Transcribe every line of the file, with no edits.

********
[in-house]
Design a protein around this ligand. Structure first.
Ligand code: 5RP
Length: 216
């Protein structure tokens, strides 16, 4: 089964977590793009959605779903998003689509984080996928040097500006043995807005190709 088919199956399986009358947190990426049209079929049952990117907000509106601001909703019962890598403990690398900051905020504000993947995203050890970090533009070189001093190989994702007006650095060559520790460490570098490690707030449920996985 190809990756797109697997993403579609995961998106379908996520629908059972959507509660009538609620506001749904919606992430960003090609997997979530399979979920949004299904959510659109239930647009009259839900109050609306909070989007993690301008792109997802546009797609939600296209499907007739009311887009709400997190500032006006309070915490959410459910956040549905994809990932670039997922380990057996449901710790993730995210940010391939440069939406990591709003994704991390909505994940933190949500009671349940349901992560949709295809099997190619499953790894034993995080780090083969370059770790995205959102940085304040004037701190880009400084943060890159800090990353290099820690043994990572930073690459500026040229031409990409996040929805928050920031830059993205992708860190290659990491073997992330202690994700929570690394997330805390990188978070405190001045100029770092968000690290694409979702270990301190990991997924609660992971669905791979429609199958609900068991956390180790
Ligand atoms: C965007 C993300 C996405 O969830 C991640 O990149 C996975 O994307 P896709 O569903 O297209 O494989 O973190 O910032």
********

[in-house]
Design a protein around this ligand. Structure first.
Ligand code: 5RP
Length: 216
């Protein structure tokens, strides 16, 4: 089964977590793009959605779903998003689509984080996928040097500006043995807005190709 088919199956399986009358947190990426049209079929049952990117907000509106601001909703019962890598403990690398900051905020504000993947995203050890970090533009070189001093190989994702007006650095060559520790460490570098490690707030449920996985 190809990756797109697997993403579609995961998106379908996520629908059972959507509660009538609620506001749904919606992430960003090609997997979530399979979920949004299904959510659109239930647009009259839900109050609306909070989007993690301008792109997802546009797609939600296209499907007739009311887009709400997190500032006006309070915490959410459910956040549905994809990932670039997922380990057996449901710790993730995210940010391939440069939406990591709003994704991390909505994940933190949500009671349940349901992560949709295809099997190619499953790894034993995080780090083969370059770790995205959102940085304040004037701190880009400084943060890159800090990353290099820690043994990572930073690459500026040229031409990409996040929805928050920031830059993205992708860190290659990491073997992330202690994700929570690394997330805390990188978070405190001045100029770092968000690290694409979702270990301190990991997924609660992971669905791979429609199958609900068991956390180790
Ligand atoms: C965007 C993300 C996405 O969830 C991640 O990149 C996975 O994307 P896709 O569903 O297209 O494989 O973190 O910032």